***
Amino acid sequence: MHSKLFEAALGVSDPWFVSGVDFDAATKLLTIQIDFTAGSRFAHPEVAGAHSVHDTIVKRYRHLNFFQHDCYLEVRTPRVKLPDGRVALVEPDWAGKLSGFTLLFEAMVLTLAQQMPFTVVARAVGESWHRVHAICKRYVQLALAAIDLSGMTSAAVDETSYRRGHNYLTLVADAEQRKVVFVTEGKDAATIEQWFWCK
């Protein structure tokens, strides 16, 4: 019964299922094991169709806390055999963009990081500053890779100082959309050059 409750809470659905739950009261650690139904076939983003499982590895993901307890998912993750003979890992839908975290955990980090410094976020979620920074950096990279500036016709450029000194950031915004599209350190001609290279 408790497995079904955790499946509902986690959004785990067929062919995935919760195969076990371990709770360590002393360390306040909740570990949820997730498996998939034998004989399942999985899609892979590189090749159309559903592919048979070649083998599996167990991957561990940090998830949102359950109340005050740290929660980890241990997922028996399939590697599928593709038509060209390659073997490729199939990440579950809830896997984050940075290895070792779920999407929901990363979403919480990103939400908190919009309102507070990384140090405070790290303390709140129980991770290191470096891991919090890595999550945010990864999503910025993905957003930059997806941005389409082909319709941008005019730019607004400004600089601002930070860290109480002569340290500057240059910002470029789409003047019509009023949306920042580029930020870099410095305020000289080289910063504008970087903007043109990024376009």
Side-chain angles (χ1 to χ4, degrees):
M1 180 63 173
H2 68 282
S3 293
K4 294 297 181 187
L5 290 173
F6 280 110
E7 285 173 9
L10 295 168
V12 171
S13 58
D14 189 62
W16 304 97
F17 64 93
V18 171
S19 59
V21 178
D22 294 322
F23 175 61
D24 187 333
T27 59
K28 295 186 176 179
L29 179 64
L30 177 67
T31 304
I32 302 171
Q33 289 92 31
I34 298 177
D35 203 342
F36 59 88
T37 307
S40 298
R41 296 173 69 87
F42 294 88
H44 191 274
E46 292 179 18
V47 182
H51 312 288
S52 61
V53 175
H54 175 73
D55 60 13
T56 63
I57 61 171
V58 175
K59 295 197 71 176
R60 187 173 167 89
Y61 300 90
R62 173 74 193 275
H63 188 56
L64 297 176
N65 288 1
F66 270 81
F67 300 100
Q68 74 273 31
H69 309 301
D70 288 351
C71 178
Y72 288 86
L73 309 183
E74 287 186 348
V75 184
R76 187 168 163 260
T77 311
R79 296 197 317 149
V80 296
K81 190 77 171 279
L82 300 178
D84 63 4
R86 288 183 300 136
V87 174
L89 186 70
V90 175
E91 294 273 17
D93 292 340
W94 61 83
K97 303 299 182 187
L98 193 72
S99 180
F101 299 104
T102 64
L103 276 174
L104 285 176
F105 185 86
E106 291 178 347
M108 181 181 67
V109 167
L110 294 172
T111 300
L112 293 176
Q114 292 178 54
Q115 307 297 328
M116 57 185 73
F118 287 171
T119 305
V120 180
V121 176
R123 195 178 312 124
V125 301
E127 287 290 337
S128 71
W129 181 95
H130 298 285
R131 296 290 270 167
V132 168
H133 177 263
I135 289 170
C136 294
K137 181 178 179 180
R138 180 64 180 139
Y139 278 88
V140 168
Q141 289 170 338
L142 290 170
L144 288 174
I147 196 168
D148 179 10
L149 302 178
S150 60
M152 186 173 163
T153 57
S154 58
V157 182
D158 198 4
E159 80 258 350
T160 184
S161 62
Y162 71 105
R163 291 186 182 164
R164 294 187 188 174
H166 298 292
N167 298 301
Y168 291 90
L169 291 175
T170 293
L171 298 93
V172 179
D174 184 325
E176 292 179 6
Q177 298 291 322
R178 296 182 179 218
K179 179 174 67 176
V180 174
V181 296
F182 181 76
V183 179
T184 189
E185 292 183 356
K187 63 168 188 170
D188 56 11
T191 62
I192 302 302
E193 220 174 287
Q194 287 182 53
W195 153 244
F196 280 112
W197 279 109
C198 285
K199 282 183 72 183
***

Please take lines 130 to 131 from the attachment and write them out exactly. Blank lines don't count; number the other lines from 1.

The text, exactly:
Y162 71 105
R163 291 186 182 164